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Stories and information in our region on the COVID-19 pandemic.

Nursing Home Residents Are 50% Of COVID-19 Deaths In Connecticut

Frank Franklin II
A patient is brought to the Northbridge Health Care Center last week in Bridgeport. To slow the spread of coronavirus inside nursing homes, Connecticut is transferring infected residents to off-site recovery centers after their release from hospitals.

Deaths at nursing homes now account for nearly half of all COVID-19-related fatalities in Connecticut.

Newly released statewide numbers show a dire increase in cases and deaths. 

At least one resident has died in the majority of the state’s nursing homes. And death rates at some facilities are approaching one in four residents.

The state chief medical examiner said last week some nursing homes aren’t reporting deaths. Governor Ned Lamont ordered nursing homes to make daily status reports to the state.

The president of the state’s largest nursing home association said facilities have followed all guidance and best practices.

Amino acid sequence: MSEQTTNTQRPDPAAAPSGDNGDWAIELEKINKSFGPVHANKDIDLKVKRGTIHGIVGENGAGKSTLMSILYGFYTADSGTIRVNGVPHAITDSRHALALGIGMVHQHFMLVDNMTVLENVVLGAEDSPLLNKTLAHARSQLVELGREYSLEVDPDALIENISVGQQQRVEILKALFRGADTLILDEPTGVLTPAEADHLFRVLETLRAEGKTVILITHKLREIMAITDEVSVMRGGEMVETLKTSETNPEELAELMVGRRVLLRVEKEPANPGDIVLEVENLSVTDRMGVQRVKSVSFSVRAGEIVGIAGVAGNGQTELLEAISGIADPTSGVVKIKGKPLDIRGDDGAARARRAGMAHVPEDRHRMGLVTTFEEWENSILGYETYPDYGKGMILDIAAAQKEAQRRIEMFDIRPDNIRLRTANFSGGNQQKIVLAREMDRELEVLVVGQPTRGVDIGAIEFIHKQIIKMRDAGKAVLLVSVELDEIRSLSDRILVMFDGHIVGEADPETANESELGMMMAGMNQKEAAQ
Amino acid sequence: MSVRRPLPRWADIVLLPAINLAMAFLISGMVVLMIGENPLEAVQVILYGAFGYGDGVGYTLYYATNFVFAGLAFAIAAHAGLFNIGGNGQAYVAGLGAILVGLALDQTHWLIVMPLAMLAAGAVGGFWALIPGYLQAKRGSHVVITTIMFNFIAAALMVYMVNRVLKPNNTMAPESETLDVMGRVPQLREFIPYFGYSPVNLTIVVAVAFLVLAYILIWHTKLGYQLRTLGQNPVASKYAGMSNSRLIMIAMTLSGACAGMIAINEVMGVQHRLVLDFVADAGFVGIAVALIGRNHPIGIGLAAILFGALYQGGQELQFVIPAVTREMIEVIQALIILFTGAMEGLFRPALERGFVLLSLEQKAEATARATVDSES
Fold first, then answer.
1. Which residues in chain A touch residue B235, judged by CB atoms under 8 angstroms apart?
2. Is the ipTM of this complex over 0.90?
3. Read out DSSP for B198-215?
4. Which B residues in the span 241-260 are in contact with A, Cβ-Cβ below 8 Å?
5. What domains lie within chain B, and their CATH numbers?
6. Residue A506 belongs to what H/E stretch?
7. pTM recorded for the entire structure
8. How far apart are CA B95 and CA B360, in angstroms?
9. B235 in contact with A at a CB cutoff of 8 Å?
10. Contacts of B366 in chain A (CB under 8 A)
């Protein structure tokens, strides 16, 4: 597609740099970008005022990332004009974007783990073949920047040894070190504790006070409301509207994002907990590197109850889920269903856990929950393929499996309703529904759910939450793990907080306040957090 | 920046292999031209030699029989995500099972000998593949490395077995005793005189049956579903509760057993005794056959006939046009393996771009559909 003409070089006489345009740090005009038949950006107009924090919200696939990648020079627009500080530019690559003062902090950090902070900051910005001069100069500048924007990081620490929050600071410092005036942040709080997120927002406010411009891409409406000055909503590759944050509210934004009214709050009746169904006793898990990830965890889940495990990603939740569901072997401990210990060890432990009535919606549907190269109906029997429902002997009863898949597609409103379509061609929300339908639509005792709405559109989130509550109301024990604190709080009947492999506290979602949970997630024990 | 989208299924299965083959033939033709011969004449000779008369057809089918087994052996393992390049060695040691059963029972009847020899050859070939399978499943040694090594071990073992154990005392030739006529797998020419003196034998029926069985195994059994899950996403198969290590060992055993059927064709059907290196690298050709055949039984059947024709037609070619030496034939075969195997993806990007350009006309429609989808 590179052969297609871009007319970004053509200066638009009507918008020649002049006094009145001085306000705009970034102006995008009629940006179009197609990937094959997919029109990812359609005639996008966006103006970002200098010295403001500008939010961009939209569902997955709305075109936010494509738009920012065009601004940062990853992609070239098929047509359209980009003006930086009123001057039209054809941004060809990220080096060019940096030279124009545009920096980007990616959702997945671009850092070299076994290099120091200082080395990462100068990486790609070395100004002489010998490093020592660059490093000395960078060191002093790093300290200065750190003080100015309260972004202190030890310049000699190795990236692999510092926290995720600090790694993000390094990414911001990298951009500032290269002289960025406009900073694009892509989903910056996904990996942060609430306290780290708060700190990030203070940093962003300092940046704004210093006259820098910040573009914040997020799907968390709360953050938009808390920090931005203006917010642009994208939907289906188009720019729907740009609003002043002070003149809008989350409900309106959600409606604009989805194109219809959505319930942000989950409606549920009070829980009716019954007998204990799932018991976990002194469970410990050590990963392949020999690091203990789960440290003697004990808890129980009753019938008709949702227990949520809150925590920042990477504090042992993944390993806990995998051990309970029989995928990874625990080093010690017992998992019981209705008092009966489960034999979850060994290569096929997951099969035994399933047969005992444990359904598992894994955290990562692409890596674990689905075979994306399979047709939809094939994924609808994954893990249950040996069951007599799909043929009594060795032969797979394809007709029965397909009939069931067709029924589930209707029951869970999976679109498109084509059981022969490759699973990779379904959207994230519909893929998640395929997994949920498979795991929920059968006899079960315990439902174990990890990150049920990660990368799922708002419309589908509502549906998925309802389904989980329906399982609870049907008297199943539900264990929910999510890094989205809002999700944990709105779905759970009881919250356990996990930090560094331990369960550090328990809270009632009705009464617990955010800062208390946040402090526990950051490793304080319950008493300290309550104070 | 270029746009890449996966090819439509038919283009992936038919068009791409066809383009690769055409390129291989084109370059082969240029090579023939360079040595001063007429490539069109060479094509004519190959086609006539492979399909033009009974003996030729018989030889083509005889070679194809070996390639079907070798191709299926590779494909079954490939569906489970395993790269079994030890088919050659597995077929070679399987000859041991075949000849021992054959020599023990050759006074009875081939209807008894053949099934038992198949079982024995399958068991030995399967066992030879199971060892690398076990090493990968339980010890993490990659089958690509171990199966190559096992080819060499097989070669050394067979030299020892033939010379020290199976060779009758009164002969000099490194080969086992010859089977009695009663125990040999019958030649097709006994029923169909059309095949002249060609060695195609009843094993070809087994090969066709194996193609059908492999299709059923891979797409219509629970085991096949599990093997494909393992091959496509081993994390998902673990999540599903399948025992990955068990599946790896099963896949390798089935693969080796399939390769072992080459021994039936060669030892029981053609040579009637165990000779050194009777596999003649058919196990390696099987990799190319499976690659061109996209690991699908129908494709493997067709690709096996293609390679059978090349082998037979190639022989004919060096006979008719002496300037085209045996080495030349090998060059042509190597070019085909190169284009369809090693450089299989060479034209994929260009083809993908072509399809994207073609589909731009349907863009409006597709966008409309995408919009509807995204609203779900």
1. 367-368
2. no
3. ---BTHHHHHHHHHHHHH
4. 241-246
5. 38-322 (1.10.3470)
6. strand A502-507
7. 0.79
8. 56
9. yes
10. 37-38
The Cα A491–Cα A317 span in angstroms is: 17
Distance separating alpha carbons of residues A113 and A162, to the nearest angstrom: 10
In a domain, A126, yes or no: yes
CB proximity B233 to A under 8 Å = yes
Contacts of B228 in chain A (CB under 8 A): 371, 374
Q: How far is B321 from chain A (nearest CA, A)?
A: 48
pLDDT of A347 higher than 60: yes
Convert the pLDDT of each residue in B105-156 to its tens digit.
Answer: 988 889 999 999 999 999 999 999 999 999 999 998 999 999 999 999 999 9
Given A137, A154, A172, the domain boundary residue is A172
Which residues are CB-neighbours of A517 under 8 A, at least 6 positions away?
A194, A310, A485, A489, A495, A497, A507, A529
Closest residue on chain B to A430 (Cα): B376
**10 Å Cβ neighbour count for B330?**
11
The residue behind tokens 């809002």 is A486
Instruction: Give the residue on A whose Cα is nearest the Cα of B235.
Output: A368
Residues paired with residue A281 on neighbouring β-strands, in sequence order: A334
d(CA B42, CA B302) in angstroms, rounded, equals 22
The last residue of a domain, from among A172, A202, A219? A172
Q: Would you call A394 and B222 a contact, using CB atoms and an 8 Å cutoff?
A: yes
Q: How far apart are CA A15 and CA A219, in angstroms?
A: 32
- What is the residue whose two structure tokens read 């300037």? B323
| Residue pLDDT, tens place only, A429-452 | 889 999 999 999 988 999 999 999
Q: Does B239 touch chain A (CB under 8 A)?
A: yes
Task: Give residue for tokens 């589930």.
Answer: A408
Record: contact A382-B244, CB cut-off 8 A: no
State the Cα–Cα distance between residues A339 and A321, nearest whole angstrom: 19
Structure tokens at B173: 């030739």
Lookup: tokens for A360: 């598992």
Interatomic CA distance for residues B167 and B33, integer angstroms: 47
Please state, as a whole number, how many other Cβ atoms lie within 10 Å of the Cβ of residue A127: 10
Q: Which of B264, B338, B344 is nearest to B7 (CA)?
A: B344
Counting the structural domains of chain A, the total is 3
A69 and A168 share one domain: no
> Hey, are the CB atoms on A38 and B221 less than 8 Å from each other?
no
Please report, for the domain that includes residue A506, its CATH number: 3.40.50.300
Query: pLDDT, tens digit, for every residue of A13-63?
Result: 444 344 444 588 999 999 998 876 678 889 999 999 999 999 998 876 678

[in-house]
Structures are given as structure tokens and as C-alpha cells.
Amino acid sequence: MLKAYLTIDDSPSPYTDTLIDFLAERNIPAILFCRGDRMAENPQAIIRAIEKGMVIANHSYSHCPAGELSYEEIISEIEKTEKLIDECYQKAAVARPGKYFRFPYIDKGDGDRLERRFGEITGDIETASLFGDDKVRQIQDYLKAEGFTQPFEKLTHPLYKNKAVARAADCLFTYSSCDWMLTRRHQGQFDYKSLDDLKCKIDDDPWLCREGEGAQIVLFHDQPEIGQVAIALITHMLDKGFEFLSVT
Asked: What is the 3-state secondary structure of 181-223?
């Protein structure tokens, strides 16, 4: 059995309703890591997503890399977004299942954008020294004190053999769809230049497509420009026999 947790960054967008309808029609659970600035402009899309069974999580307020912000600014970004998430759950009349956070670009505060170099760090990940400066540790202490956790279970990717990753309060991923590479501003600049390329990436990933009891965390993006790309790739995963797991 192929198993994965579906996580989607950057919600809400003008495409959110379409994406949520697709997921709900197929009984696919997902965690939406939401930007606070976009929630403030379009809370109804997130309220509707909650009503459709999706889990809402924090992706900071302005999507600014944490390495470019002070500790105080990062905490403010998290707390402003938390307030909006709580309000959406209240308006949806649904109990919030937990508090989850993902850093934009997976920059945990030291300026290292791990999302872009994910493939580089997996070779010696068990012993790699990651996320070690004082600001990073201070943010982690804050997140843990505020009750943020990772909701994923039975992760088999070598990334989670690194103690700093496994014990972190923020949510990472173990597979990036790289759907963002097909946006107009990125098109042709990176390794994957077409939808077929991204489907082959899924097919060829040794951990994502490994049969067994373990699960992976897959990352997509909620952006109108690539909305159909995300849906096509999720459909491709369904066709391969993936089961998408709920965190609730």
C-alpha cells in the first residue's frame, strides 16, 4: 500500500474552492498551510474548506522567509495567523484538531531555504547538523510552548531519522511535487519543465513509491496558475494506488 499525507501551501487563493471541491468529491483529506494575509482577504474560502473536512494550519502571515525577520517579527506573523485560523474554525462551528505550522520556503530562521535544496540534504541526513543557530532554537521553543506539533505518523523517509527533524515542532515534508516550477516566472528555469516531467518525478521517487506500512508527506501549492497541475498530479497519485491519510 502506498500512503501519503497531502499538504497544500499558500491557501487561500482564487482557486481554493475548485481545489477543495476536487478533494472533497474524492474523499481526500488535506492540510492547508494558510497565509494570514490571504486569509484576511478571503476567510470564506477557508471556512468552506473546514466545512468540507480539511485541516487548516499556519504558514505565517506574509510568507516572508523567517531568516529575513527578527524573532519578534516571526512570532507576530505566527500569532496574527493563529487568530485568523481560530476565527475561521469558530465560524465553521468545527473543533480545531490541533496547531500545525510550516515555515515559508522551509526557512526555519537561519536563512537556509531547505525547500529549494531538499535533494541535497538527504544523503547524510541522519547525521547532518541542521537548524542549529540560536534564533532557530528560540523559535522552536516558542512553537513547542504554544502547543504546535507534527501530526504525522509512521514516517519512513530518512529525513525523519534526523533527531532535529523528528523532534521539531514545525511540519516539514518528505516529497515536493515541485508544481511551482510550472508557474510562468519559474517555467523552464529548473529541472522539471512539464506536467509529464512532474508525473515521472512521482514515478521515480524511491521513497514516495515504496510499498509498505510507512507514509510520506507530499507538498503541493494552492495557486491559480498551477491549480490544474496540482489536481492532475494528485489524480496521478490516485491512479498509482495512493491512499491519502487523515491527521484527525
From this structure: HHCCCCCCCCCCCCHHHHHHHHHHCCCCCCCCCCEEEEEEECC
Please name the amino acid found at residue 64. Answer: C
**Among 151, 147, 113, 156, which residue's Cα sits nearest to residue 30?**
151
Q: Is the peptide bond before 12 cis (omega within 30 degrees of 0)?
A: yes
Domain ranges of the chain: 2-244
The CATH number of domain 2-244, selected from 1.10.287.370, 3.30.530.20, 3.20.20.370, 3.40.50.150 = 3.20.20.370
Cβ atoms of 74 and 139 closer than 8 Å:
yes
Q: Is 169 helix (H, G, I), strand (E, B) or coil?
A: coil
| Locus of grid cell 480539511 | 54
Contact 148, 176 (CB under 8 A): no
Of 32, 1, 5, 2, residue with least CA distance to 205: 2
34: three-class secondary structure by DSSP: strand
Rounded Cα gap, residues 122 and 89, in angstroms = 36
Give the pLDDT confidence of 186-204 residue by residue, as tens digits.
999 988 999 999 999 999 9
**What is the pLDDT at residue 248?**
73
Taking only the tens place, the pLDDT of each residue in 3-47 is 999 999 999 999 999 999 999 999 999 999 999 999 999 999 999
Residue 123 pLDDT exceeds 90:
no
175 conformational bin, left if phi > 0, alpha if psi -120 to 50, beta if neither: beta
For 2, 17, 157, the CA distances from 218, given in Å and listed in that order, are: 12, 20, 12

At the same time, nursing home workers in Connecticut say they still lack sufficient personal protective equipment.

Some say they’ve been asked to wear one gown for an eight-hour shift and have reported making their own gowns out of trash bags.

Barbara Cass, chief of healthcare quality and safety at the state Department of Public Health, says they follow up on every complaint they get.

"We too have heard the stories and have followed up on the trash bags and in many of those cases – in all of the cases thus far – that has been the preference of the employee, that has not been supported by the employer. But, that's what they've felt comfortable doing."

Cass says DPH gets 50 to 60 calls a day from Connecticut nursing homes reporting a PPE shortage. She says only a small number of them are urgent.

Their union, SEIU 1199, is calling on the state to provide more funding for nursing homes.

Read the latest on WSHU’s coronavirus coverage here.

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Davis Dunavin loves telling stories, whether on the radio or around the campfire. He started in Missouri and ended up in Connecticut, which, he'd like to point out, is the same geographic trajectory taken by Mark Twain.
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